Liquid Immersion

As the demands on data centers continue to escalate, the temperatures within these facilities have reached unprecedented levels. To address this challenge, liquid immersion cooling systems have emerged as a cutting-edge solution.

Through our investment in TMGcore, an award-winning provider of single- and two-phase liquid immersion cooling technology, we can offer solutions for the next generation of high-performance computing technology.

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What does “Single-Phase” and “Two-Phase” mean?

The terms “single-phase” and “two-phase” in the context of immersion cooling gain their respective names as a result of what happens to the cooling liquid throughout the immersion cooling cycle.

In single-phase immersion cooling systems, servers are vertically installed in a coolant bath containing circulating hydrocarbon dielectric fluid, similar to mineral oil. The fluid makes direct contact with the server components, facilitating effective heat transfer. It remains in a liquid state and is cooled in a Cooling Distribution Unit (CDU) through a heat exchanger. The heated coolant exits the rack via the top, passes through the heat exchanger, and returns with the help of a coolant pump in the CDU.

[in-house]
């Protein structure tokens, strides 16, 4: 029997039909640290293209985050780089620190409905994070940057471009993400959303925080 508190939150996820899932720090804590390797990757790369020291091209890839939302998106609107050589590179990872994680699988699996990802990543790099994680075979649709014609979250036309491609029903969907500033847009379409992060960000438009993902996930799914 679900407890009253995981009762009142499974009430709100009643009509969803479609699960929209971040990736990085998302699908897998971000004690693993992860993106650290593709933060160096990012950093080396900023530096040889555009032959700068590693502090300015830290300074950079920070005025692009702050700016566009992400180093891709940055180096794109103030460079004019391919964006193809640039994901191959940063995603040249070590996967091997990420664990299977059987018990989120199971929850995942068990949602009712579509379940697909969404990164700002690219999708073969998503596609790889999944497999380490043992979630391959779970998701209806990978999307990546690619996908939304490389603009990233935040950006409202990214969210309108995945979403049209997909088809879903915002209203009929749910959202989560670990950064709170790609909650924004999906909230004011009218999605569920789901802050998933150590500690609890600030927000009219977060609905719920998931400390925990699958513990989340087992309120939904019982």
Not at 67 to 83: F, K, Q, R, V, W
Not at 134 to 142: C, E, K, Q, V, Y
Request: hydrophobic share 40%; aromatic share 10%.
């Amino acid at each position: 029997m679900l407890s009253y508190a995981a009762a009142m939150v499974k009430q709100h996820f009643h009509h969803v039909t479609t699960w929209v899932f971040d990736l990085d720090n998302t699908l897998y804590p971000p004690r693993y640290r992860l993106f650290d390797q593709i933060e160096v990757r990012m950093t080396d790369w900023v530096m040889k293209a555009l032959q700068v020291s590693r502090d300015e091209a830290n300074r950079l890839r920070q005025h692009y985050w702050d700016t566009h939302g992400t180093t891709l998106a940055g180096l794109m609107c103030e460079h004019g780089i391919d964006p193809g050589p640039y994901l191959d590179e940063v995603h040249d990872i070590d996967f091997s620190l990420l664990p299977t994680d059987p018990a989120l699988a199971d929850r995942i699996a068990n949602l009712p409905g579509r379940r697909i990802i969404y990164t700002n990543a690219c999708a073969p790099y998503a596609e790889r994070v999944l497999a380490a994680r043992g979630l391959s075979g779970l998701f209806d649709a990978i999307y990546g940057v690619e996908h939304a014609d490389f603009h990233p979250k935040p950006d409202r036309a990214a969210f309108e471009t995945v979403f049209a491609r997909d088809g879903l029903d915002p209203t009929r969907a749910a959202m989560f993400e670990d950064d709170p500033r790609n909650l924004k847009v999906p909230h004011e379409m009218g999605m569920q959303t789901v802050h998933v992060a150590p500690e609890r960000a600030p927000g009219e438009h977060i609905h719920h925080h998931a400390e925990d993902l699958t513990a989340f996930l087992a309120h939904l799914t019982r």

Two-phase immersion cooling systems follow a similar process but involve servers sealed in an engineered fluorocarbon-based liquid. Unlike single-phase systems, this fluid can undergo boiling even before reaching 50°C. The heat generated by the servers causes the surrounding fluid to boil, changing its state from liquid to gas. The resulting vapor is then condensed back into a liquid by water-cooled condenser coils located at the top of racks. Once the vapor has transformed into a chilled liquid, it re-enters the cycle, where the heat generated by the servers will turn it back into vapor once again.

As liquid immersion cooling systems gain popularity in data centers and other large-scale operations, there are still misconceptions circulating about them.